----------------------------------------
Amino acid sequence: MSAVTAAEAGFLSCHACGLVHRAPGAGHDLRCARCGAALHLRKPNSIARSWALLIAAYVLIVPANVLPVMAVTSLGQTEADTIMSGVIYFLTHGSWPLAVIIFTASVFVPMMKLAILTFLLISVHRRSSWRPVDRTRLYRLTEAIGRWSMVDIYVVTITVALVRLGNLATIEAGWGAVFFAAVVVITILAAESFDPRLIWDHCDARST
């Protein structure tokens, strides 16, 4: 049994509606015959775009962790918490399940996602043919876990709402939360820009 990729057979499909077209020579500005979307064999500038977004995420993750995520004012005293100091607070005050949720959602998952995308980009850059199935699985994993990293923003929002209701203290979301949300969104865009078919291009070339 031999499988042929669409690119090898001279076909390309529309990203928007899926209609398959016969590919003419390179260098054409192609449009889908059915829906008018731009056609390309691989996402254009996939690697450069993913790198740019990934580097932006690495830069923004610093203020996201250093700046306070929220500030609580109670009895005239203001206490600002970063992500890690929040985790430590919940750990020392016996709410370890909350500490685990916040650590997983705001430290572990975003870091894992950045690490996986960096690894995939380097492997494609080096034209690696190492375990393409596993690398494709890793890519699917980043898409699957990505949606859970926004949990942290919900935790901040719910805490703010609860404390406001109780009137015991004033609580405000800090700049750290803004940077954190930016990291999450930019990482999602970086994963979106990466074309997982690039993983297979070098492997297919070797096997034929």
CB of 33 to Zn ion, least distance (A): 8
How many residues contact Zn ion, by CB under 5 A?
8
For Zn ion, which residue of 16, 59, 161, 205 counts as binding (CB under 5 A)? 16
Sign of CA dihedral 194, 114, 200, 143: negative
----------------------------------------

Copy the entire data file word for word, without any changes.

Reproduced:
Amino acid sequence: MSAVTAAEAGFLSCHACGLVHRAPGAGHDLRCARCGAALHLRKPNSIARSWALLIAAYVLIVPANVLPVMAVTSLGQTEADTIMSGVIYFLTHGSWPLAVIIFTASVFVPMMKLAILTFLLISVHRRSSWRPVDRTRLYRLTEAIGRWSMVDIYVVTITVALVRLGNLATIEAGWGAVFFAAVVVITILAAESFDPRLIWDHCDARST
């Protein structure tokens, strides 16, 4: 049994509606015959775009962790918490399940996602043919876990709402939360820009 990729057979499909077209020579500005979307064999500038977004995420993750995520004012005293100091607070005050949720959602998952995308980009850059199935699985994993990293923003929002209701203290979301949300969104865009078919291009070339 031999499988042929669409690119090898001279076909390309529309990203928007899926209609398959016969590919003419390179260098054409192609449009889908059915829906008018731009056609390309691989996402254009996939690697450069993913790198740019990934580097932006690495830069923004610093203020996201250093700046306070929220500030609580109670009895005239203001206490600002970063992500890690929040985790430590919940750990020392016996709410370890909350500490685990916040650590997983705001430290572990975003870091894992950045690490996986960096690894995939380097492997494609080096034209690696190492375990393409596993690398494709890793890519699917980043898409699957990505949606859970926004949990942290919900935790901040719910805490703010609860404390406001109780009137015991004033609580405000800090700049750290803004940077954190930016990291999450930019990482999602970086994963979106990466074309997982690039993983297979070098492997297919070797096997034929």
CB of 33 to Zn ion, least distance (A): 8
How many residues contact Zn ion, by CB under 5 A?
8
For Zn ion, which residue of 16, 59, 161, 205 counts as binding (CB under 5 A)? 16
Sign of CA dihedral 194, 114, 200, 143: negative